University of Minnesota Receives NIH Grant for Optical Imaging of Neural Activity Based on Lorentz Effect
University of Minnesota Receives a 2020 NIH Grant for $275,000 for Optical Imaging of Neural Activity Based on Lorentz Effect. The principal investigator is Taner Akkin. Below is a summary of the proposed work.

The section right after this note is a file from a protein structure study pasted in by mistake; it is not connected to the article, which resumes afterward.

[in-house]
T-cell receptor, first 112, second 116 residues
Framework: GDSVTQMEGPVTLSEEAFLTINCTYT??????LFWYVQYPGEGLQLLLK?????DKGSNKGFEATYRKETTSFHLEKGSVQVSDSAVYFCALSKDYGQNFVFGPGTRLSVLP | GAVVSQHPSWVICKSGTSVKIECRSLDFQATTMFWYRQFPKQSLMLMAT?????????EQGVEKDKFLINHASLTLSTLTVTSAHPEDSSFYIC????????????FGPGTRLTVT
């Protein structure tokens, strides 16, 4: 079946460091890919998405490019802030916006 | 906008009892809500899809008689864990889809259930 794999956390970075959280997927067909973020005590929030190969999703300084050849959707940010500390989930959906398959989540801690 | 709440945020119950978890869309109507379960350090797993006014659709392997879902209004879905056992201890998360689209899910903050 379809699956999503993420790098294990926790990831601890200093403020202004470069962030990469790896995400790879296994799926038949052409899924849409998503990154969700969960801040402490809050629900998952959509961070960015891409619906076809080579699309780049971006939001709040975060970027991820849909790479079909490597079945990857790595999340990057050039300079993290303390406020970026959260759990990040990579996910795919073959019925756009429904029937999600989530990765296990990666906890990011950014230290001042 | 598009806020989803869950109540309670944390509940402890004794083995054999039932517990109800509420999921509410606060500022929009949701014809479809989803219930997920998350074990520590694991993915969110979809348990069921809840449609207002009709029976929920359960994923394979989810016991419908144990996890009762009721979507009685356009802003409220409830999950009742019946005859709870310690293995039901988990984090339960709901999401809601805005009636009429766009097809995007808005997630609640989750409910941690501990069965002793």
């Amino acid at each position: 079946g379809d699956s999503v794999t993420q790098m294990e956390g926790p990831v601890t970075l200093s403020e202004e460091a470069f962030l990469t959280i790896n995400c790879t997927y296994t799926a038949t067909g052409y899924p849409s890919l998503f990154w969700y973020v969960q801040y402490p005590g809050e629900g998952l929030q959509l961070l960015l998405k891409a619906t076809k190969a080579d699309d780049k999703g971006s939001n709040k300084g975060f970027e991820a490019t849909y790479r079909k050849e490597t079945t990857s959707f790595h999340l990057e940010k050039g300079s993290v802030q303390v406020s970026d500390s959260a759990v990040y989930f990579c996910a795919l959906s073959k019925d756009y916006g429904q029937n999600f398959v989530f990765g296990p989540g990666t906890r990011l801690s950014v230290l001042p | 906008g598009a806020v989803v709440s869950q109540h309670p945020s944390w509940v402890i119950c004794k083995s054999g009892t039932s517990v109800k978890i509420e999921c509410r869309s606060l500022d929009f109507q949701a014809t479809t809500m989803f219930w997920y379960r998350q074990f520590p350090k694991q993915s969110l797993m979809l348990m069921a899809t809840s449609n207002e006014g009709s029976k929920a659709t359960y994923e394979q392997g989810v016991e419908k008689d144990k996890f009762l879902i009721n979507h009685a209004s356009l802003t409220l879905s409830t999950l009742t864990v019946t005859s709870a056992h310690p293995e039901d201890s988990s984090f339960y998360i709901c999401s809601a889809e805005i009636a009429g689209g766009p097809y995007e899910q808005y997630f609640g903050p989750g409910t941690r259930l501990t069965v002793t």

The development of label-free imaging technologies that directly assess neural activity remains a pressing need. Among a variety of techniques that aim to detect transient signals associated with action potential (AP) propagation, optical techniques have the potential for revealing and locating APs with high spatio- temporal resolution. For instance, differential-phase interferometry and then phase-sensitive measurements of spectral-domain optical coherence tomography (OCT) have allowed us to detect AP- related nanometer-scale transient structural changes from unmyelinated invertebrate axons. To obtain useful tests of nerve function, however, investigations on contrast enhancement methods for both myelinated and unmyelinated nerve fibers are needed. The long term goal of this project is to provide non- contact depth-resolved optical measurements of nerve function that are useful in basic scientific research. The overall objective of this project is to use multi-contrast OCT and contrast enhancement methods for depth-resolved label-free imaging of neural activity in myelinated and unmyelinated nerve models. The hypothesis behind the work is that a properly directed external static magnetic field generates Lorentz force in functioning nerve (due to ionic movements / action currents), which consequently induces a mechanical wave accompanying AP propagation and facilitates the optical imaging of neural activity. Phase-sensitive OCT is well poised to locate such transient signals with sub-nanometer sensitivity. We will also monitor the intensity (reflectivity) and birefringence (retardance) signals as additional indications of neural activity. To achieve the objective of this application, we will pursue optical imaging of neural activity based on Lorentz effect in ex-vivo preparations (Specific Aim 1) and in-vivo visual cortex (Specific Aim 2). With successful completion of the proposed work, we will achieve the following outcomes. The feasibility of using Lorentz effect to aid label-free optical imaging of APs will be revealed. This will also inform people in related imaging fields to determine whether the Lorentz effect imaging is within the capabilities of current technology. If our work is shown to be useful, it will support functional neural investigations in laboratory setting. The results may also suggest more challenging in-vivo applications that require incorporation of active tracking systems for the needed stability.